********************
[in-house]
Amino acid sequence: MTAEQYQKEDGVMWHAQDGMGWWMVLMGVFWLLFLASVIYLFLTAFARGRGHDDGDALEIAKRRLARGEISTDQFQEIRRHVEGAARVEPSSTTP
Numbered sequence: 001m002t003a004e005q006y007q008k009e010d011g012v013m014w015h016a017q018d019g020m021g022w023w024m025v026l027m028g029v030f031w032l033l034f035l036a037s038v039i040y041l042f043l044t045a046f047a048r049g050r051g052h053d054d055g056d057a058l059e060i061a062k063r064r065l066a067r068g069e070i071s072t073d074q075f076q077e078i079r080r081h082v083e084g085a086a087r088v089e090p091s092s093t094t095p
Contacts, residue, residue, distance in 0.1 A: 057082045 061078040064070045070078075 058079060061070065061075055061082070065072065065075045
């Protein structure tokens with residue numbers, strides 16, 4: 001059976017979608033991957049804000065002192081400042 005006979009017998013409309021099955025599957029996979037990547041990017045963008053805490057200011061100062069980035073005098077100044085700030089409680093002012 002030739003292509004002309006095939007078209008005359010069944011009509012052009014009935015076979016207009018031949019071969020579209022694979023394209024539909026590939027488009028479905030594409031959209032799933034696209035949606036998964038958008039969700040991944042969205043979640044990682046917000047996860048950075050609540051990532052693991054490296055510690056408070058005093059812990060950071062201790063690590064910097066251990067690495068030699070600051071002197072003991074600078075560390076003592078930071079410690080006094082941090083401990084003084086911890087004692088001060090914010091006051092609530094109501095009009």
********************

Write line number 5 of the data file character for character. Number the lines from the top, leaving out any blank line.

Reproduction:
């Protein structure tokens with residue numbers, strides 16, 4: 001059976017979608033991957049804000065002192081400042 005006979009017998013409309021099955025599957029996979037990547041990017045963008053805490057200011061100062069980035073005098077100044085700030089409680093002012 002030739003292509004002309006095939007078209008005359010069944011009509012052009014009935015076979016207009018031949019071969020579209022694979023394209024539909026590939027488009028479905030594409031959209032799933034696209035949606036998964038958008039969700040991944042969205043979640044990682046917000047996860048950075050609540051990532052693991054490296055510690056408070058005093059812990060950071062201790063690590064910097066251990067690495068030699070600051071002197072003991074600078075560390076003592078930071079410690080006094082941090083401990084003084086911890087004692088001060090914010091006051092609530094109501095009009």